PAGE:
Corin Goodwin wrote:
Here's my Problem for the Day:
I have read the many helpful comments submitted by fellow JewishGenners,
and I would like to add a few ideas:
1) Write first, even if you intend to follow up with a phone call.
There are several advantages to this approach.
--First, you will not catch the person "off guard." I think this can be
quite unsettling, especially for the elderly. In the U.S. we have a
problem of scam-artists calling the elderly with assorted, often
sophisticated, schemes to swindle them out of money. As a result, many
people are naturally suspicious of a complete stranger calling. If you
write in advance and establish minimal familiarity or at least a point of
reference, you have a better chance for a welcome reception.
--Second. By writing first, you are more likely to find a more
"prepared" caller. (Often, the recipient has actually phoned me, with
notes, documents, and thoughts organized.) At the very least, the person
has had a chance to mull over the topic at hand--not the case with a cold
2) Include a self-addressed return post card with your correspondence.
--The emphasis here is on the notion of a post card. Perhaps it is
merely coincidence, but I have had no success with the self-addressed
stamped envelope strategy. My guess is that the obstacle is not the
postage, but rather people are too busy to sit down and write a letter
these days. Instead, I request that they simply scrawl a sentence or two
on the card (as to whether there might be a family connection) and list
the best times and methods for further contact with them (i.e., phone,
fax, day, evening). Of course, I also provide the various methods of
reaching me--including e-mail. Curiously, no one has actually returned
the post card, but everyone who received one has called me!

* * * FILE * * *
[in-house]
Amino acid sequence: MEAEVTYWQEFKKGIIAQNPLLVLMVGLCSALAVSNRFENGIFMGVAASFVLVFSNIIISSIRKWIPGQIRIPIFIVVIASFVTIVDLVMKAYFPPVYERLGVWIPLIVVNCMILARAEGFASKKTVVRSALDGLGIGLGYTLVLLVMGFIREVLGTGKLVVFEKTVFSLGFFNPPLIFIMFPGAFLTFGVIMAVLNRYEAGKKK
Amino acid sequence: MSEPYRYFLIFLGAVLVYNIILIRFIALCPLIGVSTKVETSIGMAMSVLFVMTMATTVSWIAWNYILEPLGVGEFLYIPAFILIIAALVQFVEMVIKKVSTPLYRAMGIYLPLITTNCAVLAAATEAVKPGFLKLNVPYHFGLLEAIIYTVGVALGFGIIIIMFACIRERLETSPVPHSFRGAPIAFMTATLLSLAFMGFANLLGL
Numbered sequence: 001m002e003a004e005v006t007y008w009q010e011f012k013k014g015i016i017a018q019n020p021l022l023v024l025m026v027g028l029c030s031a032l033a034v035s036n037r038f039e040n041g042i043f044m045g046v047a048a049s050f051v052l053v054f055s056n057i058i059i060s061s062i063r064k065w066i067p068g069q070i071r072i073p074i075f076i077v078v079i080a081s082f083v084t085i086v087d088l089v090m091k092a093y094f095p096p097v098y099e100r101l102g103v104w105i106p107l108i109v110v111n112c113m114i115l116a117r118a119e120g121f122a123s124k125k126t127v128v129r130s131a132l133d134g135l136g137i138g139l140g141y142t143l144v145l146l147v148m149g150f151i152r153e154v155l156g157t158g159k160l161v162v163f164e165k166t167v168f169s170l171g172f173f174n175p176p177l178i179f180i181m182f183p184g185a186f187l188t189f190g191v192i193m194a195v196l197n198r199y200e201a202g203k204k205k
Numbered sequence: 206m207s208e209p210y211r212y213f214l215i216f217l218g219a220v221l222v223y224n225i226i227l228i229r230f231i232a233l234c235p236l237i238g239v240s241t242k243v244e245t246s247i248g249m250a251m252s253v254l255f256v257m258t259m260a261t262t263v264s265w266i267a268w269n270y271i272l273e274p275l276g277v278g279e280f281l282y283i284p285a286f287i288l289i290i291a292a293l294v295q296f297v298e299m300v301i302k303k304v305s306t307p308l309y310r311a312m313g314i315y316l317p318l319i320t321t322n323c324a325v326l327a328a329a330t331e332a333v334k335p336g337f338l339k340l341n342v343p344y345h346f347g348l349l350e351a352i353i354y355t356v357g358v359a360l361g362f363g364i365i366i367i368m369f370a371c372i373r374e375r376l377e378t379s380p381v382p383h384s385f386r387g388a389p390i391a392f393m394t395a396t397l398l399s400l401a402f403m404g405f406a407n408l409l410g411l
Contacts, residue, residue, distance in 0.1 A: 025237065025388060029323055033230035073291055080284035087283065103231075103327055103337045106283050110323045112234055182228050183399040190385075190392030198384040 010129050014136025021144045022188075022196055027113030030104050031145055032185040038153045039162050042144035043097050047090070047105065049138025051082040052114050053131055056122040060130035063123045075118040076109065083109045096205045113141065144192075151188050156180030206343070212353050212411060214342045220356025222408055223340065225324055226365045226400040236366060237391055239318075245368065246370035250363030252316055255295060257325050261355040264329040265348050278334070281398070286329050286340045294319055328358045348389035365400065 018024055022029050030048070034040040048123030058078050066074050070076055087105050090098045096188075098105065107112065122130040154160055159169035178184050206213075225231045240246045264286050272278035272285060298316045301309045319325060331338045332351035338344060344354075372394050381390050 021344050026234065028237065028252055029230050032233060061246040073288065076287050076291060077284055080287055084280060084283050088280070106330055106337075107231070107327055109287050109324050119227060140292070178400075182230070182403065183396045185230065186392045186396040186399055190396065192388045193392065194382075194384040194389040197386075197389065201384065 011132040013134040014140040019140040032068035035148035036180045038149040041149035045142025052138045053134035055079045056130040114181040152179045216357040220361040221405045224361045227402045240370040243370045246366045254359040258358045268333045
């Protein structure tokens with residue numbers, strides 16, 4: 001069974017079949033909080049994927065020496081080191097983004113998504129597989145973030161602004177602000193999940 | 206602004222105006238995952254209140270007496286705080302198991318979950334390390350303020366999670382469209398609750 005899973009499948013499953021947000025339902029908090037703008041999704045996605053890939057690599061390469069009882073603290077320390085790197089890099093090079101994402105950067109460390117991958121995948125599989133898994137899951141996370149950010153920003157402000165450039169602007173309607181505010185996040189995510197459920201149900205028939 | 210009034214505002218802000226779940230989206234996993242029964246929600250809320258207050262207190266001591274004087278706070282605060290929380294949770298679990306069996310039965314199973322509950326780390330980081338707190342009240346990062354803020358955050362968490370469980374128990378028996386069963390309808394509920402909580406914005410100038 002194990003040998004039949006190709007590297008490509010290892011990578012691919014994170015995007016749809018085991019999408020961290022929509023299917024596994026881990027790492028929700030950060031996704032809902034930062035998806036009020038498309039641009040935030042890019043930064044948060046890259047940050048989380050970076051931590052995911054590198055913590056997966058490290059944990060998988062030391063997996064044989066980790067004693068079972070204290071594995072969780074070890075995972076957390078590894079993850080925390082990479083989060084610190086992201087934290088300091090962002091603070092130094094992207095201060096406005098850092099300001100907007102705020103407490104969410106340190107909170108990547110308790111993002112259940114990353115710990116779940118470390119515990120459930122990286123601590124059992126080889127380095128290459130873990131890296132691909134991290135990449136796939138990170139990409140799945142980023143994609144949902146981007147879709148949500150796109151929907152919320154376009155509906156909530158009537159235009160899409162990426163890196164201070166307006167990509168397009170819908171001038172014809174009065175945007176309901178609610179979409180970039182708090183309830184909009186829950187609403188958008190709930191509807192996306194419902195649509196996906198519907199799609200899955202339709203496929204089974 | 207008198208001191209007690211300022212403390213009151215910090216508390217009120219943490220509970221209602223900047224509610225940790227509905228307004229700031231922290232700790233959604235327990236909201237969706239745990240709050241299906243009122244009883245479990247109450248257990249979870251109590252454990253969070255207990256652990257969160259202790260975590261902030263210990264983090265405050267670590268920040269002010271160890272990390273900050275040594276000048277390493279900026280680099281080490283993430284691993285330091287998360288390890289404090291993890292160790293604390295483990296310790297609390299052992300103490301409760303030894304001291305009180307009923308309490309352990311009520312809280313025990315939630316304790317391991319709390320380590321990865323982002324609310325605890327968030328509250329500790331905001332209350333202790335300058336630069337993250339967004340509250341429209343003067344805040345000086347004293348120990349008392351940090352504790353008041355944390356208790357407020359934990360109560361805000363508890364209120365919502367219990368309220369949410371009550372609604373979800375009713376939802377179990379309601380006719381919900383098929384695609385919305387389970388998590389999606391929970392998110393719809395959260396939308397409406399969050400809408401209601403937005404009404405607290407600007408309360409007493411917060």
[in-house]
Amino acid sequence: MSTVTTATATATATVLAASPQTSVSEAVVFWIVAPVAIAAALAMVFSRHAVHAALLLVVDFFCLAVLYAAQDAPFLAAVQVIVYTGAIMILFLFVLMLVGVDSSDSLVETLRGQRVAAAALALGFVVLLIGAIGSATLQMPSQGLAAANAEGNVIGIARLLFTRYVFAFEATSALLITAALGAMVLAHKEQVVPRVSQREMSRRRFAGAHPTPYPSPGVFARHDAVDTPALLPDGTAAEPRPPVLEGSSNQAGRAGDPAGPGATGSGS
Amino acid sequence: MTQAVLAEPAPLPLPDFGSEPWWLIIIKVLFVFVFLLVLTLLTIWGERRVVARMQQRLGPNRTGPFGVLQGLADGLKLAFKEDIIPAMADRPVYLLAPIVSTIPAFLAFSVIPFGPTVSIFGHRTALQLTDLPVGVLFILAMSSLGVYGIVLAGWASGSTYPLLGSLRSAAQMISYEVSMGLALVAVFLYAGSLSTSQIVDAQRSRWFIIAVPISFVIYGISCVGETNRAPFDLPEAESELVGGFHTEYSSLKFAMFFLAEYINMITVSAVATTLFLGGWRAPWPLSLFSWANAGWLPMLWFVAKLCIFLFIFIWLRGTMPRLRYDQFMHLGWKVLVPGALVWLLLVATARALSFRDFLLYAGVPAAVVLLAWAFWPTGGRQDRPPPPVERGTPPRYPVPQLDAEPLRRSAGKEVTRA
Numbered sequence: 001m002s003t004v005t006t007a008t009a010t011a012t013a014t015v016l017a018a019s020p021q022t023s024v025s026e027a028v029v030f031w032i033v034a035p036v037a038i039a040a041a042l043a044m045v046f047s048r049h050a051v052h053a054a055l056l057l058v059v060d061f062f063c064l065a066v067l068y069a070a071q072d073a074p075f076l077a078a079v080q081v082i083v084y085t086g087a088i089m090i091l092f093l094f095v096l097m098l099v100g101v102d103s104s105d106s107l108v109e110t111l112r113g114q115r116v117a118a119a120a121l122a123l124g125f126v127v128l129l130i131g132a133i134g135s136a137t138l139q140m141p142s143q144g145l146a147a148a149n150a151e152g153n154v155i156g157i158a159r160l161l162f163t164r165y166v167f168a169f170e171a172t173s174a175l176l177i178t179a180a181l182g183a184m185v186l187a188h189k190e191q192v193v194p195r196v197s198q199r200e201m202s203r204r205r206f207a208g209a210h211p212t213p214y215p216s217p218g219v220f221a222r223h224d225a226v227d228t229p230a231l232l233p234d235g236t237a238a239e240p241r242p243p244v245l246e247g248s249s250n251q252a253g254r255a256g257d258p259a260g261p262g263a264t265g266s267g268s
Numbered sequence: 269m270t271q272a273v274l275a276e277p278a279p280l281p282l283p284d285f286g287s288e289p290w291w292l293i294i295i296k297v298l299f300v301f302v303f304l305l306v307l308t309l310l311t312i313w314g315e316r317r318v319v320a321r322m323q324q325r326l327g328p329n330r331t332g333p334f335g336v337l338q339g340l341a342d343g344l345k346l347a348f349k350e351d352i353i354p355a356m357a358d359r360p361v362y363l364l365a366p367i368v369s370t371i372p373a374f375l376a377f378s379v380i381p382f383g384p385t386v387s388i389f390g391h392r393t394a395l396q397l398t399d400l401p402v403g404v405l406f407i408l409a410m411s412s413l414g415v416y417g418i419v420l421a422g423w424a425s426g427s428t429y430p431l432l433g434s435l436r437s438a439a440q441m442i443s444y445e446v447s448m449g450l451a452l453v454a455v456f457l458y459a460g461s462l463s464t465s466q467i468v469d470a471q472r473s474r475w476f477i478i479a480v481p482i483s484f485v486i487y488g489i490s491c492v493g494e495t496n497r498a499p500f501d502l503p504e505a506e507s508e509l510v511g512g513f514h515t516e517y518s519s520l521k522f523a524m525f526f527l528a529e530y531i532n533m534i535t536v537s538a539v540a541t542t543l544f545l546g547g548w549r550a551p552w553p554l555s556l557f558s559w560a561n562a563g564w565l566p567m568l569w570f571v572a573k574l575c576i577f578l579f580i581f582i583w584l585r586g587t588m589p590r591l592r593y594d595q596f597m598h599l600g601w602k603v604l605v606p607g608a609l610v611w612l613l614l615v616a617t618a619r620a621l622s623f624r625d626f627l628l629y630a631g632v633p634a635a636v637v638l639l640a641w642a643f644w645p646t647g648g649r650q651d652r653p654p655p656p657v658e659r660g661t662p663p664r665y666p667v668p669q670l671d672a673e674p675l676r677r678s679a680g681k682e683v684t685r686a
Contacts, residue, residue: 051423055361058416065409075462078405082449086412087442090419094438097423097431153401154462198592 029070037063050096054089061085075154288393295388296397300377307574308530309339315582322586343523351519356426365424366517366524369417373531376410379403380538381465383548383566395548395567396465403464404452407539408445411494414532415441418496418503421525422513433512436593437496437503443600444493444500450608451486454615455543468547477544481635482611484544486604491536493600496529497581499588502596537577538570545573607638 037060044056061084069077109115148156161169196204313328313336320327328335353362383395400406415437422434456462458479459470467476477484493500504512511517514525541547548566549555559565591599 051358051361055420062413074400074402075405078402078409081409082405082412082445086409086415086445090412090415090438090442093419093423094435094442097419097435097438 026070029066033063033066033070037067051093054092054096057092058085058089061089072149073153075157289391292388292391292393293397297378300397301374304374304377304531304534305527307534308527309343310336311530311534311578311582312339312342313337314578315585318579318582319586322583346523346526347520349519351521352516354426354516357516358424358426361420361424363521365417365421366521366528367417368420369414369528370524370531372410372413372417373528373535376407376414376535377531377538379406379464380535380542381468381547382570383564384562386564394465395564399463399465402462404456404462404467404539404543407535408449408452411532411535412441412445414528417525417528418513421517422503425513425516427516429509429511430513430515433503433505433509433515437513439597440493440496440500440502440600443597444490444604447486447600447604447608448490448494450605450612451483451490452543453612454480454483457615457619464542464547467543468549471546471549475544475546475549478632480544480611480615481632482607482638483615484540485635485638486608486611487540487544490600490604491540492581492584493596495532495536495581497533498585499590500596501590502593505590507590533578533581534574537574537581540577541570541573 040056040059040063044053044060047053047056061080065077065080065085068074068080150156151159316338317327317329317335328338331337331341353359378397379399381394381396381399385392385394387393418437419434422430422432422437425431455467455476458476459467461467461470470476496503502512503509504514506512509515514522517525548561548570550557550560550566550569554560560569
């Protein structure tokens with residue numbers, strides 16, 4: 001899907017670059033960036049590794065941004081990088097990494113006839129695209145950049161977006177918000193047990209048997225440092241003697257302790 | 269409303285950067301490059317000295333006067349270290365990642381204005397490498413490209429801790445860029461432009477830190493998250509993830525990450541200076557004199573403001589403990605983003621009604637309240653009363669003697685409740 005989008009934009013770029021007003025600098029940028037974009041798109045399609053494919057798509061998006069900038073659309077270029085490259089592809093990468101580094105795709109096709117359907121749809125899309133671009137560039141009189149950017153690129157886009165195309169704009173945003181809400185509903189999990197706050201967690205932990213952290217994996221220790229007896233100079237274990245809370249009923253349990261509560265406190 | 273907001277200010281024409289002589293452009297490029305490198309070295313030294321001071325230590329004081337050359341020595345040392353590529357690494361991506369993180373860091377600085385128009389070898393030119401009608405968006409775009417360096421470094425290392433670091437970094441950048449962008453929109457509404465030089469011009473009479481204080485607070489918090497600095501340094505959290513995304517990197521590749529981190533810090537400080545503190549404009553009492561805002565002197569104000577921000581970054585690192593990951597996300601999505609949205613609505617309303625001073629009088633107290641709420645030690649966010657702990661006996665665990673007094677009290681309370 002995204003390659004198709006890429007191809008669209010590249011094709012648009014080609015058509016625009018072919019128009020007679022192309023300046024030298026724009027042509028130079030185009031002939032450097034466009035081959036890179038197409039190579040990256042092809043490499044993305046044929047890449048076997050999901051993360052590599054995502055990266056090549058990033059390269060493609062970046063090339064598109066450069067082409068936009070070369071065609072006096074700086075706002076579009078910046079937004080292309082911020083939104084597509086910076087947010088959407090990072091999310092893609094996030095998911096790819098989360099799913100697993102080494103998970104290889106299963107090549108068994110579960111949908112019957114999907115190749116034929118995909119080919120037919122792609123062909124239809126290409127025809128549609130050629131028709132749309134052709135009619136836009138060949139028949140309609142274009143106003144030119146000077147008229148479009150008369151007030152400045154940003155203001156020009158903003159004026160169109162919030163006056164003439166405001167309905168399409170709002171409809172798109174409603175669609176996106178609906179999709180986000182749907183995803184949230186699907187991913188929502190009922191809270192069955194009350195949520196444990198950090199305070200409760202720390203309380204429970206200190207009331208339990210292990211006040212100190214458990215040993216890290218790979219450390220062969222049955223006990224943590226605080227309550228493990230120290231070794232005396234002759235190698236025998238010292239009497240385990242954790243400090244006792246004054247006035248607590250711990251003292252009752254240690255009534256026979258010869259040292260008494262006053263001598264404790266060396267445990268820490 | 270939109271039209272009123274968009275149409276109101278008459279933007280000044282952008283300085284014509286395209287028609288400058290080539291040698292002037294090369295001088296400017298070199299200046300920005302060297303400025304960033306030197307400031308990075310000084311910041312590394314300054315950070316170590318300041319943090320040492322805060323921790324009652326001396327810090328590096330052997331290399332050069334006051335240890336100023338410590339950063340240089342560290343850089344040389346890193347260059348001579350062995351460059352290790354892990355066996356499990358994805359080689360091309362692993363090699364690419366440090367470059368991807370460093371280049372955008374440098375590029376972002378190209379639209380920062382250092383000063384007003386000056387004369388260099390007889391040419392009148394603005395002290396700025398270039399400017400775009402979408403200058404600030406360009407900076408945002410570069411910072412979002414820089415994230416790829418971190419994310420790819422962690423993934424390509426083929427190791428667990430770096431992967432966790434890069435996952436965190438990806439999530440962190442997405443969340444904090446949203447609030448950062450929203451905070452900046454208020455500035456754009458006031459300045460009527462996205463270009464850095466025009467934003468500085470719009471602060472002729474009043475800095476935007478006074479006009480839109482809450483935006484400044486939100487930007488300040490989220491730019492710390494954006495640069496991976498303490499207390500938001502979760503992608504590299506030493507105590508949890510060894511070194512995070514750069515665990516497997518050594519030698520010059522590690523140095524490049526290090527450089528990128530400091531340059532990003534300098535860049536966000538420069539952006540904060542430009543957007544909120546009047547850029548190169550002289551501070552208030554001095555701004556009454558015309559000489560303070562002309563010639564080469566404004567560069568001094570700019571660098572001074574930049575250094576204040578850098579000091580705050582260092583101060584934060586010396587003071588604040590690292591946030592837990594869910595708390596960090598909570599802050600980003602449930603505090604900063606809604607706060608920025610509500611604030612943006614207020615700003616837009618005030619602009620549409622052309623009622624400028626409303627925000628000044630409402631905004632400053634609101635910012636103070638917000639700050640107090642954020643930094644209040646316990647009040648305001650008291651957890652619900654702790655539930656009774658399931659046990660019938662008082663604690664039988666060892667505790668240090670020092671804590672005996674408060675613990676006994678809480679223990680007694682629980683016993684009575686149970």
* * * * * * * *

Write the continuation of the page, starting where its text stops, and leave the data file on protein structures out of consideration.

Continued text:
3) This sort of correspondence can be a bit intimidating, so be
understated and somewhat reserved.
--Do not assume that the recipient is the correct person, even if you are
99% certain. I always begin by expressing the hope that I have reached
the intended individual. (Provide enough identifying info. such as son
of, born in X country.) This strategy solves a number of potentially
awkward situations, including the death of the addressee. It is not
uncommon in the U.S. for an elderly woman to maintain her phone and
address listings in her deceased husband's name.
--No, do not say we are long-lost cousins! Again, such language raises
suspicions about your motivations. Keep it low-key and general. Profess
ignorance. Something rather innocuous such as "I would like to learn
more about your (surname) family history." Also, I find that people
become anxious if you demand specifics too quickly. Inevitably, they
believe they have no helpful information. So I make it clear that I am
starting with a virtual blank slate, even the most rudimentary
information, such as the first names of family members, will surely
assist my research. Since you are asking for something more basic than
they imagined, they become more confident and start talking. Soon they
are filling in blanks and solving family mysteries without even realizing
what they are doing!
I hope these strategies are able to help someone!
Arlington, Virginia U.S.A.
Perhaps you know a DWORSKI, GESBEN, LEVATINSKY, MINSKY, SCHEIBER,
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